These spectacular appliques, elaborately modelled with ribbon-suspended lyres headed by Apollo's mask and wrapped with fruiting laurel branches and acanthus leaves, are the work of Pierre-François Feuchère, one of the most prominent ciseleurs-doreurs of the late 18th century, and once formed part of the celebrated collections of the dukes of Leuchtenberg.
THE LEUCHTENBERG PROVENANCE
These magnificent wall-lights are stamped with a capital ‘M’ beneath a closed crown, the Imperial crown Maximilien de Leuchtenberg was allowed to use from 1839, when Tsar Nicolas granted him the title of Imperial Highness, as well as a capital ‘L’ for the Palais Leuchtenberg, built between 1839 and 1842 in the grounds of the Tsar’s summer residence Peterhof outside St Petersburg. They are furthermore numbered 351 and 353 respectively, suggesting they would have been part of a larger set.
The celebrated Leuchtenberg collection had largely been assembled by Eugène de Beauharnais, 1st Duke of Leuchtenberg, the son of Joséphine Bonaparte, Empress of the French by virtue of her marriage to Napoléon Bonaparte. Eugène was the son of Alexandre, vicomte de Beauharnais, a general and political figure who died under the guillotine during the reign of Terror. Adopted by Napoléon, Eugène served as a commander in the Imperial army and proved to be the most capable of the Emperor's relatives in official posts.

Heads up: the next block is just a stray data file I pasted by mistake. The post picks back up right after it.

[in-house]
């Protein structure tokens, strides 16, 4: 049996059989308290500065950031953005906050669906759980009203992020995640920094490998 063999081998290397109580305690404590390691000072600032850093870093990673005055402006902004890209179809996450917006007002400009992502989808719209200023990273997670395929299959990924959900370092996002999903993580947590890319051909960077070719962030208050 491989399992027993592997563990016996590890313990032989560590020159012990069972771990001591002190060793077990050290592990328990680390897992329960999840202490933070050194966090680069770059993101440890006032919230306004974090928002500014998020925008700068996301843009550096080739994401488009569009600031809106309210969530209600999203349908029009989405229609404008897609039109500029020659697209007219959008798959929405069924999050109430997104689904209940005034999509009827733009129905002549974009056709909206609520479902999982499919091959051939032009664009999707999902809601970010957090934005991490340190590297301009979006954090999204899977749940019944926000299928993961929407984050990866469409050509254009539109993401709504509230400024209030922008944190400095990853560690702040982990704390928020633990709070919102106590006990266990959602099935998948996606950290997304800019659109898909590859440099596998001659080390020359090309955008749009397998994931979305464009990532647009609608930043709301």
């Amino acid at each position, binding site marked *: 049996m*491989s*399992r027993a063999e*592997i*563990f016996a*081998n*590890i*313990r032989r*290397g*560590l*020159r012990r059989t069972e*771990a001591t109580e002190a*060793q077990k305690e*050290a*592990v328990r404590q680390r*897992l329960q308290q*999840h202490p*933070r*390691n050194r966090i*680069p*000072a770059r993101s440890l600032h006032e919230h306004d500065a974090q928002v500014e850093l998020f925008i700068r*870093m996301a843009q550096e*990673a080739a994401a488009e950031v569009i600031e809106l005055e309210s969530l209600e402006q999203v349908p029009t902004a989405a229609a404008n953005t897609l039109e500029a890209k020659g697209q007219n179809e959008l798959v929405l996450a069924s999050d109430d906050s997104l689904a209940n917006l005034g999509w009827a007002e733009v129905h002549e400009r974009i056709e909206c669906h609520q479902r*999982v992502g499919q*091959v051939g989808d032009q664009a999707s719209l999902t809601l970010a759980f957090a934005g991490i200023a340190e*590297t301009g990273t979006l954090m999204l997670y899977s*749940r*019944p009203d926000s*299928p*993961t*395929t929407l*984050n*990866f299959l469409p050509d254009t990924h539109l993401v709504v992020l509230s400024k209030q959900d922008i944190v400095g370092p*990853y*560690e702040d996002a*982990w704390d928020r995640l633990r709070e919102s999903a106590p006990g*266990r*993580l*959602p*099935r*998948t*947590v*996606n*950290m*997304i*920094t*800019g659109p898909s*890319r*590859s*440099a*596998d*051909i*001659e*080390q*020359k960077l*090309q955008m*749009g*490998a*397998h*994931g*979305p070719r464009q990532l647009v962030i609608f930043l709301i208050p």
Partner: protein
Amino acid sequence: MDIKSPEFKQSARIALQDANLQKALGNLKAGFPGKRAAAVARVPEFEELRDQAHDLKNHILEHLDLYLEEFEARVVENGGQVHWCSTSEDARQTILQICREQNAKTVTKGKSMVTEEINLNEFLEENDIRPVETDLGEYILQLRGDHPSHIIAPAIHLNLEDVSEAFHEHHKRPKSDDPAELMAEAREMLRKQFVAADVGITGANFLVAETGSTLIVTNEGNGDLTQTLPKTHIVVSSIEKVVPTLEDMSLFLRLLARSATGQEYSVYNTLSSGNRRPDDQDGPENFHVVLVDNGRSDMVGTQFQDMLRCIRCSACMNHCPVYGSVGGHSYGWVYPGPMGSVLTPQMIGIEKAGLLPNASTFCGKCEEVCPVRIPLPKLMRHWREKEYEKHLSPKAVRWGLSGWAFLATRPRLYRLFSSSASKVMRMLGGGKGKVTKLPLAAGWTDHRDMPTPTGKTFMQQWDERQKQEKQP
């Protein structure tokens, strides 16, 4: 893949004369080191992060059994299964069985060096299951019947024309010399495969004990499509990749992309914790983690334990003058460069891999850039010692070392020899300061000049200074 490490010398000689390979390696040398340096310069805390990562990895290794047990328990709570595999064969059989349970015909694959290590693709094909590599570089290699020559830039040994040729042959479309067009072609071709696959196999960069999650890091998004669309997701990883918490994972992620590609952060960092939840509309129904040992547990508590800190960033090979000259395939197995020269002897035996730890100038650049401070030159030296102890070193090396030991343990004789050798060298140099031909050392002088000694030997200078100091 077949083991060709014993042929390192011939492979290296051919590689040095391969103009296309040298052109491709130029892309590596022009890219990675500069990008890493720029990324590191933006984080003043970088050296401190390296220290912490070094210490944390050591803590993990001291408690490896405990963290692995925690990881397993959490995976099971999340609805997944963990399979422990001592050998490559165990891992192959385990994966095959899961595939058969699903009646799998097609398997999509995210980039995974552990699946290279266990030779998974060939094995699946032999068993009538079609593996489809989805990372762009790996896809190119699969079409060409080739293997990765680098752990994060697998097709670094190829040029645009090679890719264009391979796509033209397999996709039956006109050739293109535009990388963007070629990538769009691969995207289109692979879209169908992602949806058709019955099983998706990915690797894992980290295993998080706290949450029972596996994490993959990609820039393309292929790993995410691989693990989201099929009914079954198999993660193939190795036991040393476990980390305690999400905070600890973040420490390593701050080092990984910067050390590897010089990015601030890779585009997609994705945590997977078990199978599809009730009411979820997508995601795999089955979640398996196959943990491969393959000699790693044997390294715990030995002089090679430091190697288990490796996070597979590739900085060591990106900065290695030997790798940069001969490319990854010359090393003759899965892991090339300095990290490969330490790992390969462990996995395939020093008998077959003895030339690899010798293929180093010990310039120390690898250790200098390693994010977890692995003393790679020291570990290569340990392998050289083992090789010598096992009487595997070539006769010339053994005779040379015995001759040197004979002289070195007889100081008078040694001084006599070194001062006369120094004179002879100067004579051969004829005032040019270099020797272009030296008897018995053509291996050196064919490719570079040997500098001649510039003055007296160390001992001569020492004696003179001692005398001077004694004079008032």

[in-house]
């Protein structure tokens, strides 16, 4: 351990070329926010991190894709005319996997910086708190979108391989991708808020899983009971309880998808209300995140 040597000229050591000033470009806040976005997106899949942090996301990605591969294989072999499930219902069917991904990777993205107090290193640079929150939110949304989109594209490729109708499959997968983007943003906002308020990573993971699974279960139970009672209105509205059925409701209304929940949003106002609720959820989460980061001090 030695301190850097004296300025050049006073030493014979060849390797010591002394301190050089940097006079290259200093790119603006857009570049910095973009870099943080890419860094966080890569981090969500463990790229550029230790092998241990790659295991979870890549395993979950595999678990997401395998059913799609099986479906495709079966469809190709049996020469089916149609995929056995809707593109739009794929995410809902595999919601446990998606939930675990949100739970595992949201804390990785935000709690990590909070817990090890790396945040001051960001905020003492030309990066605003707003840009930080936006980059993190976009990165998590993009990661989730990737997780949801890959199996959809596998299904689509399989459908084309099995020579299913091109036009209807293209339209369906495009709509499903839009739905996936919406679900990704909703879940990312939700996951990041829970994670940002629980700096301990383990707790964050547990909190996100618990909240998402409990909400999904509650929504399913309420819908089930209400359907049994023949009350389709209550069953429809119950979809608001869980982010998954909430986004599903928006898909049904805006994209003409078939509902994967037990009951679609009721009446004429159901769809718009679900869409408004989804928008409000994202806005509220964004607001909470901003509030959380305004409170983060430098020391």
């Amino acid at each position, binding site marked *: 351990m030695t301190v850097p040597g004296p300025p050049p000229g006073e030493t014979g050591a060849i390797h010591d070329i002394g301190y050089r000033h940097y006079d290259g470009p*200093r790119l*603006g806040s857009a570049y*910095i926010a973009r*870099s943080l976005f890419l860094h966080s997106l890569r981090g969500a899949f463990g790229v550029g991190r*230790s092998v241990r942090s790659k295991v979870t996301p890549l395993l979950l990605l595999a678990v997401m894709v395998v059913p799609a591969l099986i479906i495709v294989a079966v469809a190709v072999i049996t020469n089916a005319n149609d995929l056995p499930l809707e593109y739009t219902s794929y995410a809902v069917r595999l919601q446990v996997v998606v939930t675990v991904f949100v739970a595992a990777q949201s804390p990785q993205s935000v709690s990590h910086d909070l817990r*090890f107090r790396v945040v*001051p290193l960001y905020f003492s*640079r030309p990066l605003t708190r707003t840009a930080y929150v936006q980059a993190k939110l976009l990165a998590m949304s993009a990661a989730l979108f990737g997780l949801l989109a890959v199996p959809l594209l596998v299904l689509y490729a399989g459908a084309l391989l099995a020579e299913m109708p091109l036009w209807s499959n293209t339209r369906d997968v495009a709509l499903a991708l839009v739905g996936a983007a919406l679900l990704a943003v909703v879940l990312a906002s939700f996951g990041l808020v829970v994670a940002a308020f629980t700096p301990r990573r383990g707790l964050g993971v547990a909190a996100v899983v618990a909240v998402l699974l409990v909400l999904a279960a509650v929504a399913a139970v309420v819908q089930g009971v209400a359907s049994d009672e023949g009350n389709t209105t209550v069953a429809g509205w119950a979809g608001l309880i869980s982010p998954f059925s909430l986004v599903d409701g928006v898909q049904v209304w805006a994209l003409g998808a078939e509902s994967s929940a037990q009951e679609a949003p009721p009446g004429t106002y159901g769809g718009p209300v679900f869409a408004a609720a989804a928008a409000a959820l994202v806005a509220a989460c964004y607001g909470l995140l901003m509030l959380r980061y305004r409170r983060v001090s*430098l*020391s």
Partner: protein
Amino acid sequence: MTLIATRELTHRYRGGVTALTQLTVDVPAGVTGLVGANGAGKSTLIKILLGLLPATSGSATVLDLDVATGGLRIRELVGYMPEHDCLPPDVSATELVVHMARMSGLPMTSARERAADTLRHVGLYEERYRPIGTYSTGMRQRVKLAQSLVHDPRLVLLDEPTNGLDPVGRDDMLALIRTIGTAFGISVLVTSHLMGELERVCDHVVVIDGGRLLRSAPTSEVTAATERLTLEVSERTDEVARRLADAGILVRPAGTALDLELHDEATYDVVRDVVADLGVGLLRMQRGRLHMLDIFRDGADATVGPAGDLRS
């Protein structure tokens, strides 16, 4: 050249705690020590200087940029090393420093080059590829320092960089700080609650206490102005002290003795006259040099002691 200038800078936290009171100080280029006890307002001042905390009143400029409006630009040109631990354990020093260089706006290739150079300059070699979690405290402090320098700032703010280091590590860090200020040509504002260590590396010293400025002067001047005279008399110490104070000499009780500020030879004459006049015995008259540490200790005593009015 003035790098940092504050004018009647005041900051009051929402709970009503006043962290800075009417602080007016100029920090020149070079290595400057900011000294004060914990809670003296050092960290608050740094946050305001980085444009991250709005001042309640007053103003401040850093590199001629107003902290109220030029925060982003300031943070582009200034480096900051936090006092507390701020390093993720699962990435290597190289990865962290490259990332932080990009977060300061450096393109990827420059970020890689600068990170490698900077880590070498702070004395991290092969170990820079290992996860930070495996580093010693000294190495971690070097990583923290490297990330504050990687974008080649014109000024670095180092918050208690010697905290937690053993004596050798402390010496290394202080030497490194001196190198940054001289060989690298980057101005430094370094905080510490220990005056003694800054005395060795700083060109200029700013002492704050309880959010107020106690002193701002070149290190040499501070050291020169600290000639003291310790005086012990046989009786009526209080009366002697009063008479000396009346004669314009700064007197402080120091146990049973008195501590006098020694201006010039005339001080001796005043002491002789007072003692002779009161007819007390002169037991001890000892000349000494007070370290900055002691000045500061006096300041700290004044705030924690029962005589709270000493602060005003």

His second son, Maximilian, 3rd Duke, married Grand Duchess Maria, daughter of Emperor Nicholas I of Russia (and niece of Napoléon's opponent, Alexander I of Russia). Granted the style of His Imperial Highness by Nicholas in view of his Imperial descent, Maximilian was portrayed in one of Karl Briullov's most dashing half-length portraits (1849), and is thought to have moved the collection from Munich to Saint Petersburg, where he built the elegant neo-classical Palais Leuchtenberg and where his descendants settled as members of the highest circles of Russian nobility.
THE FEUCHERE ATTRIBUTION
The attribution to Feuchère is based on a virtually identical pair, formerly in the collection of Baron Alphonse de Rothschild, Vienna, which is signed 'FEUCHERE’ (illustrated H. Ottomeyer/P.Pröschel, Vergoldete Bronzen, Munich, 1986, vol. I, pl. 4.16.16). Further pairs of appliques of this model are known, with one pair in the collection of the Duke of Bedford at Woburn Abbey (illustrated T. Monnington, France in the eighteenth century, exhibition catalogue, Royal Academy, London, 1968), which was probably acquired in the late 18th century by Francis Russell, 5th Duke of Bedford (1765-1802).
Pierre-François Feuchère (1737-1823) was a member of a prominent family of gilders who, along with his father, supplied gilt-bronzes to various members of the Royal family. Feuchère was sworn into the guild of ciseleurs-doreurs in 1767. The Feuchères survived the vicissitudes of the Revolution and continued their successful business through the Empire and Restoration periods, selling stock from their manufactory in 1824 and 1829.